What are a landlord’s options for collecting unpaid rent?

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What are a landlord’s options for collecting unpaid rent?

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In response to the pandemic the government extended the Moratorium on Commercial Lease Forfeiture to until 31 March 2021. This Moratorium protects tenants who are unable to pay rent due to the COVID-19 crisis however it leaves Landlords restricted in their actions to recover unpaid rent.  

How does the Moratorium on Commercial Lease Forfeiture impact a Landlord?


Whilst we have seen plenty of information and protection for tenants during the pandemic with an extended moratorium procedure, Landlords are currently restricted on their normal defences against unpaid rent. For example:


Commercial Rent Arrears Recovery scheme (CRAR)

  • Under normal circumstances a landlord can pursue rental arrears under the Commercial Rent Arrears Recovery scheme (CRAR) or by way of Statutory Demand.  CRAR allows for seizure and sale of a tenant’s goods to recover arrears. It applies to principal rent, interest and VAT on that rent, but does not apply to service charge or insurance rent. Whilst this may seem an attractive option from 25 December 2020 to 31 March 2021, CRAR will only be exercisable if at least 366 days’ rent is overdue.  By the time rent is overdue for 366 days, we may have emerged from the pandemic and other options may be available once more.


A Statutory Demand

  • A statutory demand is a formal written demand for payment of a debt and if you are served with a statutory demand you have 21 days to comply. If the demand is not complied with, this can be used as grounds to present a winding-up petition. The Corporate Insolvency and Governance Act 2020 prohibits the presentation of a winding up petition based on a statutory demand served between 1 March 2020 and 31 March 2021.



  • Another option usually open to a landlord is forfeiture. This too is affected by the recent extension of the Coronavirus Act 2020 which prevents forfeiture for non-payment of rent until 31 March 2021. Any action by a landlord during that period will not result in a waiver of the right to forfeit for non-payment for rent unless it is express and in writing. The right to forfeit will be available once the restriction has been lifted.  You will be relieved to hear, if the tenant is in breach of other covenants in the lease rights to forfeit remains unaffected.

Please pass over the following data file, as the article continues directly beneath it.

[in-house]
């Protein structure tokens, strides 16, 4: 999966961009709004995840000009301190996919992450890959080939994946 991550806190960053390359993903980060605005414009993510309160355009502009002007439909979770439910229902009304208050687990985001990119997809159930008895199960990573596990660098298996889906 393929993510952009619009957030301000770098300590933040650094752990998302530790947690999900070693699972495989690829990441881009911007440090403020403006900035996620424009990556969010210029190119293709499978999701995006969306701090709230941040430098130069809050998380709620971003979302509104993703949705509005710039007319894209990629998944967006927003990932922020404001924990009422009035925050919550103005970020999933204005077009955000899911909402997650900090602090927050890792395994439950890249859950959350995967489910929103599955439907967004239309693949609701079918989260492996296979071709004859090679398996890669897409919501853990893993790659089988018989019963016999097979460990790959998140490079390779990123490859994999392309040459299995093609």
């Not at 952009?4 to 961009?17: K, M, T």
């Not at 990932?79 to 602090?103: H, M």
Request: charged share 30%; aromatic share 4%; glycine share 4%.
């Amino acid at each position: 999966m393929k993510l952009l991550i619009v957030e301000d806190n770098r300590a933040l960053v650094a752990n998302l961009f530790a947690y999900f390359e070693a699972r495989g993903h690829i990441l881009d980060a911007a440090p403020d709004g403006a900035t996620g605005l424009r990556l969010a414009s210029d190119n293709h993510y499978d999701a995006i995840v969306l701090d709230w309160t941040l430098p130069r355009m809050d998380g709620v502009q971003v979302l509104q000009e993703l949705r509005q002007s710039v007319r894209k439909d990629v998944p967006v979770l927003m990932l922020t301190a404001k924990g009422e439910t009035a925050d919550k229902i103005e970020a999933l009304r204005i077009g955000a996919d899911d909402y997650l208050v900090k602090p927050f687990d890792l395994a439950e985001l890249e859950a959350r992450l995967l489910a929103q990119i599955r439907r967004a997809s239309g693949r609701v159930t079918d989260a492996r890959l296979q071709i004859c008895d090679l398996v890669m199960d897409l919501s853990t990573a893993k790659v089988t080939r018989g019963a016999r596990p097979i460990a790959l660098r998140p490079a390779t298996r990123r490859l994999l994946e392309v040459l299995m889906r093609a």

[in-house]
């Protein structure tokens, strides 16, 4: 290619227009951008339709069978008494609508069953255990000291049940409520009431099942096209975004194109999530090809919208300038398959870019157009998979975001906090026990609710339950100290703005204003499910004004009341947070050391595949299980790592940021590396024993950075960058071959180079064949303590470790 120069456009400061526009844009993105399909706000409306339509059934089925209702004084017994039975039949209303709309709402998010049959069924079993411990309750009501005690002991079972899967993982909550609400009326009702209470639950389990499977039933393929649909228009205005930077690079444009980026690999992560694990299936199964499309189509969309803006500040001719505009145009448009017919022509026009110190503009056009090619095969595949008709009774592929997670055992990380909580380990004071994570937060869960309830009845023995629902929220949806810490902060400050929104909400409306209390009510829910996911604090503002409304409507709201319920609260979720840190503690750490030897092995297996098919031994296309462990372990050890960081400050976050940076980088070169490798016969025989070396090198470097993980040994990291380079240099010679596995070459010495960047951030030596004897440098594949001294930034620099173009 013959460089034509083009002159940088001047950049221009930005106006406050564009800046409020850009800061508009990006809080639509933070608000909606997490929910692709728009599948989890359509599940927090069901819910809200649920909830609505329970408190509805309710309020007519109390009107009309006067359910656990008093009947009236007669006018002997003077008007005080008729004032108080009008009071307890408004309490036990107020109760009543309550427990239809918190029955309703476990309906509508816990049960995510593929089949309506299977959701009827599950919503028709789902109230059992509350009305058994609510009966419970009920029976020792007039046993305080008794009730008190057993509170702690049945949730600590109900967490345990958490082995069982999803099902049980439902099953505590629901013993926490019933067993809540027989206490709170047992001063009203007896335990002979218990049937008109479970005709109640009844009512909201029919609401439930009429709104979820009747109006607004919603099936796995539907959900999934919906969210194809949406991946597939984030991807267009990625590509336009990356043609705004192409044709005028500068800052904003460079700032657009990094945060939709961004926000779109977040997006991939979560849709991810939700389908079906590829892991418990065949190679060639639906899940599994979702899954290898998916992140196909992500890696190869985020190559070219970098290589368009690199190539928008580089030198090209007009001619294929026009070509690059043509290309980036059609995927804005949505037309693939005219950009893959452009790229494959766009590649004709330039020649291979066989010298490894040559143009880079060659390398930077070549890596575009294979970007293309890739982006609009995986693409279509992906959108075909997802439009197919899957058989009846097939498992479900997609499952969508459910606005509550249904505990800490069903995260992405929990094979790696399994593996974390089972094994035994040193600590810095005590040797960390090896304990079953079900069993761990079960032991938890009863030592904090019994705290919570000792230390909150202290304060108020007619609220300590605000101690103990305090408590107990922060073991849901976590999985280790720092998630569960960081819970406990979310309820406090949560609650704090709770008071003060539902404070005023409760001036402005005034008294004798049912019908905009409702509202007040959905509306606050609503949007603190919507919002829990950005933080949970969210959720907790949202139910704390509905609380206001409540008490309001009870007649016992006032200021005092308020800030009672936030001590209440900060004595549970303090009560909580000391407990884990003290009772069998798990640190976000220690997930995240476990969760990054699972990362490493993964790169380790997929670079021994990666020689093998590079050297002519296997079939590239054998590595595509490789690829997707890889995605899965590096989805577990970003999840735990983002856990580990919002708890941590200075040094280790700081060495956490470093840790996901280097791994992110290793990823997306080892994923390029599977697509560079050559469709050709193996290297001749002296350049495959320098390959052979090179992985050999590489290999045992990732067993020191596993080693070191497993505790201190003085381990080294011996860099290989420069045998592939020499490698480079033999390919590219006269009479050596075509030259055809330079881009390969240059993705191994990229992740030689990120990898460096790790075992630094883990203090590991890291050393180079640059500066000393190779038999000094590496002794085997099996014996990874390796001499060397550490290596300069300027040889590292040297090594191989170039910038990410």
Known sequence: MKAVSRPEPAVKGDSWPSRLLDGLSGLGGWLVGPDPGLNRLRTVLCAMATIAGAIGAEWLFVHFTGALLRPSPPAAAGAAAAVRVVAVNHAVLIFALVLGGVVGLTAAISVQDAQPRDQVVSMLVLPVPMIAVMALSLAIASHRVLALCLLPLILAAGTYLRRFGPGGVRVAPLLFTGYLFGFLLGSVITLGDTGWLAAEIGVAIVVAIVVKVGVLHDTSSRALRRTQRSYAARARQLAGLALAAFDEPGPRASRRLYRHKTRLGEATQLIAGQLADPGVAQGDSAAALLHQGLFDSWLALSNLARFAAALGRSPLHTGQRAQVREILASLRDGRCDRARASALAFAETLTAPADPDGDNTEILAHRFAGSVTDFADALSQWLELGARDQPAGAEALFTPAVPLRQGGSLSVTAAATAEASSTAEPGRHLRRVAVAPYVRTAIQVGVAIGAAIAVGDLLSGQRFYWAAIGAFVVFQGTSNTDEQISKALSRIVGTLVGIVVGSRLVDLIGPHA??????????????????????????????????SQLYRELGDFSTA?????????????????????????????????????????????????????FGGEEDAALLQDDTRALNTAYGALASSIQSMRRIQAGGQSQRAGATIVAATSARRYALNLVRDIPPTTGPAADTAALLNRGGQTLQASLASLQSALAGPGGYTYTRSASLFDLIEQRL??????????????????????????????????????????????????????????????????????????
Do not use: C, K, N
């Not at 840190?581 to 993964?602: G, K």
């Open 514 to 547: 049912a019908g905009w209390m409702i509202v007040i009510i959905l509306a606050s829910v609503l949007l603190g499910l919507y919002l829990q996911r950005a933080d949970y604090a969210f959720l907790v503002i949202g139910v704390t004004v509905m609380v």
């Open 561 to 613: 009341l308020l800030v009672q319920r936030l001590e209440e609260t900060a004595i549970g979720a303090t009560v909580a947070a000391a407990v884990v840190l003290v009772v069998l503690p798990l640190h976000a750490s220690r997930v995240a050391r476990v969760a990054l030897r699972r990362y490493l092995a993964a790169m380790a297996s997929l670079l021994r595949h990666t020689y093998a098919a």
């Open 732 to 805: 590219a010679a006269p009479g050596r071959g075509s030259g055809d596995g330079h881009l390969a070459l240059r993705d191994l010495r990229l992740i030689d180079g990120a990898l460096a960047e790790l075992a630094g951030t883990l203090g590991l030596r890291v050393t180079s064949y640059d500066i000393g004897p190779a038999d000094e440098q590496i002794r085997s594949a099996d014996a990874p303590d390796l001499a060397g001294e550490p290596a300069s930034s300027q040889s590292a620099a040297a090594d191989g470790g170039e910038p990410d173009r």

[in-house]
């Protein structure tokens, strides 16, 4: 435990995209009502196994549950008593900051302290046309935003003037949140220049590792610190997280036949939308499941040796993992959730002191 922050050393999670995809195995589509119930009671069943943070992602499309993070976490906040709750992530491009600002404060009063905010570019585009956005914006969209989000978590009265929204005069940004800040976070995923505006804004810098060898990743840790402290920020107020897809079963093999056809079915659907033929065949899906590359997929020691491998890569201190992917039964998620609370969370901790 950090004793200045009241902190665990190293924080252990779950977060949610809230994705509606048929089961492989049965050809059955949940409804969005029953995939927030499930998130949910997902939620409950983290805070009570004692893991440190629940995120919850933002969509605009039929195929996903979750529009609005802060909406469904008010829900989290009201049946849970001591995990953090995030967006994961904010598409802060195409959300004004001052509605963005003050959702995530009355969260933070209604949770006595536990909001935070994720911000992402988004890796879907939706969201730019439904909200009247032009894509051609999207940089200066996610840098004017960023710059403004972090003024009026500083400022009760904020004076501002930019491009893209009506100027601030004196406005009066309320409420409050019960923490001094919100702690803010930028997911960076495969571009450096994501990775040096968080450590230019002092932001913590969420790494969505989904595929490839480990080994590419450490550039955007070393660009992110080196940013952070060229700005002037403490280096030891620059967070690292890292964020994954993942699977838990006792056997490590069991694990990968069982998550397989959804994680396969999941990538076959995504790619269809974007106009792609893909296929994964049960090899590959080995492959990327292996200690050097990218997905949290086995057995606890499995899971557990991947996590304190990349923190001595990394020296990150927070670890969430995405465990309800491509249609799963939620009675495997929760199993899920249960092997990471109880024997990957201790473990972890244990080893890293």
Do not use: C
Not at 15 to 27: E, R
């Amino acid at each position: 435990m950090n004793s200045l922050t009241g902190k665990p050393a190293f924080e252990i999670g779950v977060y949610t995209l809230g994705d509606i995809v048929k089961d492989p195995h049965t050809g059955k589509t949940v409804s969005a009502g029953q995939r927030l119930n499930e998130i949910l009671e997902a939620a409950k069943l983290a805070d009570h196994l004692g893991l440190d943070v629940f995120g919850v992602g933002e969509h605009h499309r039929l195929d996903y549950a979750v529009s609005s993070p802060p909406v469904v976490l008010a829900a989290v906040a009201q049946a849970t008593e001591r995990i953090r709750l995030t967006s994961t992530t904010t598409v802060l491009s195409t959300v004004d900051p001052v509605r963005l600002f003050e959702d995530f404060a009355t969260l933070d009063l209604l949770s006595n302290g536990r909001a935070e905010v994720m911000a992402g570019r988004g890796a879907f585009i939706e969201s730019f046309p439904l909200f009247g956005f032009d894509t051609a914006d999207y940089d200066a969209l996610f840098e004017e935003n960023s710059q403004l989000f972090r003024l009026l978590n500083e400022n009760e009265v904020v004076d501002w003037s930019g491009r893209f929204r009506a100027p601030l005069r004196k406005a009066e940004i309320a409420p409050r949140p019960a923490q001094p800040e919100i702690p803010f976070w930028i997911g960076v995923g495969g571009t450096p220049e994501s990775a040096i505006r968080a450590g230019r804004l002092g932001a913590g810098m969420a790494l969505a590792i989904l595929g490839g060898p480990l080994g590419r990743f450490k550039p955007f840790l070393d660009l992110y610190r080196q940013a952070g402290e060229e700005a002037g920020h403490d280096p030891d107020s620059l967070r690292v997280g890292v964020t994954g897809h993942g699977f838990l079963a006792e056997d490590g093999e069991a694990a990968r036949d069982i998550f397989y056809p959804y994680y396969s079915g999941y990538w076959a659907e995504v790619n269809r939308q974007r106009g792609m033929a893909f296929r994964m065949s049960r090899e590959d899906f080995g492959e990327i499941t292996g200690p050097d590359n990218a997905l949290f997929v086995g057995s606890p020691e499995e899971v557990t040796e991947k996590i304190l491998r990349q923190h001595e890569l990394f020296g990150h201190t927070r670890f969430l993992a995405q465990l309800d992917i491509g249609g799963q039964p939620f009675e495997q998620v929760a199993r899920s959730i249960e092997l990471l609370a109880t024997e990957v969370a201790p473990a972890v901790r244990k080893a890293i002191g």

Issue Court Proceedings

  • Landlords can issue court proceedings to recover sums due under the lease as a debt.  This method is not caught by the restrictions affecting forfeiture, CRAR and statutory demands but debt recovery can be protracted and expensive. There are also likely to be additional challenges to this method as a result of the continued “lockdown” restrictions.


So, as a landlord what are your options before 31 March 2021?


Whilst the above information provides a gloomy outlook, the positive spin is the restrictions and challenges do not remove or reduce a tenant’s obligation to pay monies due under the terms of the lease. They are simply deferring the obligations of tenants and the opportunity to enforce payments.


Whilst the above will obviously give a degree of comfort, if action is required prior to 31 March 2021 Landlords have the following options:


  • A landlord can still apply interest on late payment of monies due under the lease. This has not been affected and interest (usually) accrues on late payments. Again, whilst you may not be able to recover the monies in the short term, interest is accruing.


  • Depending on the terms of the rent deposit deed, it is generally possible to draw down on a rent deposit where monies are due. Whilst this will alleviate some pressure temporarily it will be difficult to enforce any obligation on a tenant to replace the amount withdrawn by a landlord.   


  • If there is a guarantor a landlord is free to seek payment of rent (and other sums due) from a guarantor directly, but again this is difficult to enforce. Whilst the Government has announced its intention to review the commercial landlord and tenant legislation (Landlord and Tenant Act 1954) and consider the impact of COVID-19 on the property market in general, none of the current measures in place remove the obligation to pay rent (and any other money) due under a lease.


For a landlord it is a question of waiting and hoping their tenants survive the next few months and, once the restrictions are lifted, having conversations as to how any monies owed can be repaid.


If you are a landlord and would like to discuss any of the above, please contact Craig Burton or Elise Sherwell.

The content of this webpage is for information only and is not intended to be construed as legal advice and should not be treated as a substitute for specific advice. PDT Solicitors LLP accepts no responsibility for the content of any third party website to which this webpage refers.

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